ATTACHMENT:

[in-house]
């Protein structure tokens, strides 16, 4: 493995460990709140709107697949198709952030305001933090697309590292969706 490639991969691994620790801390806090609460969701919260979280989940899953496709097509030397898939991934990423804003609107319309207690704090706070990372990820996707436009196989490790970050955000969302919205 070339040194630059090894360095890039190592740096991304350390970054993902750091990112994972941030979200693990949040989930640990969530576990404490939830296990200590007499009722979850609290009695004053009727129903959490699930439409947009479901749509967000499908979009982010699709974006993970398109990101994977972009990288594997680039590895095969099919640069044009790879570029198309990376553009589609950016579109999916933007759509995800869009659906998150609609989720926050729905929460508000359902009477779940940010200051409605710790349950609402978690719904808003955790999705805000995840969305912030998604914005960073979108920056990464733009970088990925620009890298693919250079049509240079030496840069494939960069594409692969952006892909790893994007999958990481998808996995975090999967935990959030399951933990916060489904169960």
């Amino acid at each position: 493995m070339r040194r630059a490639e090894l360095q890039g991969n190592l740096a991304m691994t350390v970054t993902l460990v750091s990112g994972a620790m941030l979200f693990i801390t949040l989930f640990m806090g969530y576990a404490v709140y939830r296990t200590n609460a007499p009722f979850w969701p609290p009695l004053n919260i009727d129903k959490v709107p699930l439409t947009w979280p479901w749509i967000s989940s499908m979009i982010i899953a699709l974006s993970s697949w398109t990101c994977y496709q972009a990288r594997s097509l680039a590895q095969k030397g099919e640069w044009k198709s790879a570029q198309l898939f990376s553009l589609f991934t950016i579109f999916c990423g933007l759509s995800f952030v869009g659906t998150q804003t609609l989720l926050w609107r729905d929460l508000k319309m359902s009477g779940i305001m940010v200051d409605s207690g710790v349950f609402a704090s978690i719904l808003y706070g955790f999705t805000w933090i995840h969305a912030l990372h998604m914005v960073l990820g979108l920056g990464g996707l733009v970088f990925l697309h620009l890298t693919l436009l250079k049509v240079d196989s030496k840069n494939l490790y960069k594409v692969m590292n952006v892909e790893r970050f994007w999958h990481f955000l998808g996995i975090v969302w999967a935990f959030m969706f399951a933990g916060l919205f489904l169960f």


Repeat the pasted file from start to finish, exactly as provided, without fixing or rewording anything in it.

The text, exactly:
[in-house]
């Protein structure tokens, strides 16, 4: 493995460990709140709107697949198709952030305001933090697309590292969706 490639991969691994620790801390806090609460969701919260979280989940899953496709097509030397898939991934990423804003609107319309207690704090706070990372990820996707436009196989490790970050955000969302919205 070339040194630059090894360095890039190592740096991304350390970054993902750091990112994972941030979200693990949040989930640990969530576990404490939830296990200590007499009722979850609290009695004053009727129903959490699930439409947009479901749509967000499908979009982010699709974006993970398109990101994977972009990288594997680039590895095969099919640069044009790879570029198309990376553009589609950016579109999916933007759509995800869009659906998150609609989720926050729905929460508000359902009477779940940010200051409605710790349950609402978690719904808003955790999705805000995840969305912030998604914005960073979108920056990464733009970088990925620009890298693919250079049509240079030496840069494939960069594409692969952006892909790893994007999958990481998808996995975090999967935990959030399951933990916060489904169960």
């Amino acid at each position: 493995m070339r040194r630059a490639e090894l360095q890039g991969n190592l740096a991304m691994t350390v970054t993902l460990v750091s990112g994972a620790m941030l979200f693990i801390t949040l989930f640990m806090g969530y576990a404490v709140y939830r296990t200590n609460a007499p009722f979850w969701p609290p009695l004053n919260i009727d129903k959490v709107p699930l439409t947009w979280p479901w749509i967000s989940s499908m979009i982010i899953a699709l974006s993970s697949w398109t990101c994977y496709q972009a990288r594997s097509l680039a590895q095969k030397g099919e640069w044009k198709s790879a570029q198309l898939f990376s553009l589609f991934t950016i579109f999916c990423g933007l759509s995800f952030v869009g659906t998150q804003t609609l989720l926050w609107r729905d929460l508000k319309m359902s009477g779940i305001m940010v200051d409605s207690g710790v349950f609402a704090s978690i719904l808003y706070g955790f999705t805000w933090i995840h969305a912030l990372h998604m914005v960073l990820g979108l920056g990464g996707l733009v970088f990925l697309h620009l890298t693919l436009l250079k049509v240079d196989s030496k840069n494939l490790y960069k594409v692969m590292n952006v892909e790893r970050f994007w999958h990481f955000l998808g996995i975090v969302w999967a935990f959030m969706f399951a933990g916060l919205f489904l169960f």